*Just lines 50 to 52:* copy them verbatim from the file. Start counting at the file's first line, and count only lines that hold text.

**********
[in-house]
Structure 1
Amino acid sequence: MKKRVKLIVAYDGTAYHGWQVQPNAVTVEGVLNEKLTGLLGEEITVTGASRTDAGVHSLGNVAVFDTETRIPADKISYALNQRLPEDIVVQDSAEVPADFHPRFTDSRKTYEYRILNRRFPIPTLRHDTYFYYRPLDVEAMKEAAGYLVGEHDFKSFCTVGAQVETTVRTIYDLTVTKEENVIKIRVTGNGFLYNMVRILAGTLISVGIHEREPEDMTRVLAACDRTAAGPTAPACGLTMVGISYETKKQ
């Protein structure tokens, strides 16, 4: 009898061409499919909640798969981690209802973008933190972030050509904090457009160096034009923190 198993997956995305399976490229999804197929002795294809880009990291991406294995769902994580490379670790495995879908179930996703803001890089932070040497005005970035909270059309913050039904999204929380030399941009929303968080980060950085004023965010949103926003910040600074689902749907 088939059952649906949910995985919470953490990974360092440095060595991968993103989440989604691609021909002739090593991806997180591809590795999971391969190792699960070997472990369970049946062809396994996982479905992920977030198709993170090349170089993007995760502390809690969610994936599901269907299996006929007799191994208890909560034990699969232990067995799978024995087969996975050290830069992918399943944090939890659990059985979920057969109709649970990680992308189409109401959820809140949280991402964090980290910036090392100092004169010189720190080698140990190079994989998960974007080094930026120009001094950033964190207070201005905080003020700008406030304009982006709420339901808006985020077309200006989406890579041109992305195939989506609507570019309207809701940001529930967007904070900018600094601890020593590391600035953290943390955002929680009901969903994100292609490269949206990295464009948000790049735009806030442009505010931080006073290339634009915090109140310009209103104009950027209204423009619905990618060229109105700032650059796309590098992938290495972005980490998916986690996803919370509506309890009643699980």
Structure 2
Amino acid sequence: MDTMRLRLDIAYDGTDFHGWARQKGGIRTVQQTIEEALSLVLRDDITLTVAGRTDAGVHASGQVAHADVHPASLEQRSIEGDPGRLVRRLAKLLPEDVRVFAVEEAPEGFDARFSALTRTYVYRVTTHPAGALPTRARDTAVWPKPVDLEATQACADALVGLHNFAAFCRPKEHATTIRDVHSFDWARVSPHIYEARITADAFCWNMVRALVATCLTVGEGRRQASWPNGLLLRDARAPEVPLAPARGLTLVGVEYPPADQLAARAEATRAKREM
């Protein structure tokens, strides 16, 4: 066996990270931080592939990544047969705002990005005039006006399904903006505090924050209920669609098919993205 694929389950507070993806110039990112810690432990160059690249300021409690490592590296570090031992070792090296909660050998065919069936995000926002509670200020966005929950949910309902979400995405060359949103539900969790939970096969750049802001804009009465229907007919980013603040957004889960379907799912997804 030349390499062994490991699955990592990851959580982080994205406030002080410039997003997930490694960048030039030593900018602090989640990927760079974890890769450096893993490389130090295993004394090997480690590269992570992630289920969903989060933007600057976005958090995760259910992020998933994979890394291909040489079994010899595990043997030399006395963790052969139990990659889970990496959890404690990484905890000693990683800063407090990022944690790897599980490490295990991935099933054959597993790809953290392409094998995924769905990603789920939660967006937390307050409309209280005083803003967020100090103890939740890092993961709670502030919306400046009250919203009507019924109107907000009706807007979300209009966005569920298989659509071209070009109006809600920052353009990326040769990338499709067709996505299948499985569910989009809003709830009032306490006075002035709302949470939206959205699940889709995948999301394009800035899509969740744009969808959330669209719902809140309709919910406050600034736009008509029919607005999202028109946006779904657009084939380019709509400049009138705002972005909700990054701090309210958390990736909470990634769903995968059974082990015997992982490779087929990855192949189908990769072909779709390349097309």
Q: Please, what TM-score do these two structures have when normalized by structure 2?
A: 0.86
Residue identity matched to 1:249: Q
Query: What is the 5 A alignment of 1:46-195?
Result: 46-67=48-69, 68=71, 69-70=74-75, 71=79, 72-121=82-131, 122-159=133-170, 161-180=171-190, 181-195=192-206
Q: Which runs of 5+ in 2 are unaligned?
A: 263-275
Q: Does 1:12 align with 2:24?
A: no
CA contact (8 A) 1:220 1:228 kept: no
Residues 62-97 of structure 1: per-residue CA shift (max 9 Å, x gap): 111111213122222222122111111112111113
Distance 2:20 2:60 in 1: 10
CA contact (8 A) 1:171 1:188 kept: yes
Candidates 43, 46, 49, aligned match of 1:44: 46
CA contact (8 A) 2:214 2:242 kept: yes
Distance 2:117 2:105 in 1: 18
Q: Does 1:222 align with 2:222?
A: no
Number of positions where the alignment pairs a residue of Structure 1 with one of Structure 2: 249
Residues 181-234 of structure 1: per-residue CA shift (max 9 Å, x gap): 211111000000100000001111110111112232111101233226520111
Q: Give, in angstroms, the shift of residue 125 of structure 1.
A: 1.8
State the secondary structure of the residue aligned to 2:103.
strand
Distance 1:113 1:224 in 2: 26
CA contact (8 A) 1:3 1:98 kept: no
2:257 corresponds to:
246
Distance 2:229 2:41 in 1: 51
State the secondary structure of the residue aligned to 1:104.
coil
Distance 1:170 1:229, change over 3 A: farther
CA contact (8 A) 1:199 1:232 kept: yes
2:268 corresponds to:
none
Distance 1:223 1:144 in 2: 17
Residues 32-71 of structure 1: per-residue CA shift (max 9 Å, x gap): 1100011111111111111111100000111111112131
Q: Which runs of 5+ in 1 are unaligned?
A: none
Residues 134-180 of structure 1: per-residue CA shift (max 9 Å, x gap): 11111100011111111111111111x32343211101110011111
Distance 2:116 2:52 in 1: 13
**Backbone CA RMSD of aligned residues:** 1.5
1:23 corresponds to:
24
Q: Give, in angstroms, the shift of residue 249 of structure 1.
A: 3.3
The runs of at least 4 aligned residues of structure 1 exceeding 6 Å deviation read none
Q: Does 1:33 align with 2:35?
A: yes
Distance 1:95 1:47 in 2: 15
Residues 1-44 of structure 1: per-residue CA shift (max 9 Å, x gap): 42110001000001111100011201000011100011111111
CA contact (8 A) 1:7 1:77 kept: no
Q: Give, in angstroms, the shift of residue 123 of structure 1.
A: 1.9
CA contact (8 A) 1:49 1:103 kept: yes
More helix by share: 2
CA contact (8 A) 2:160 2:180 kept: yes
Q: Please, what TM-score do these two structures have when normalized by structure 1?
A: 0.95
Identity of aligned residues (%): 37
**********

1:23 corresponds to:
24
Q: Give, in angstroms, the shift of residue 249 of structure 1.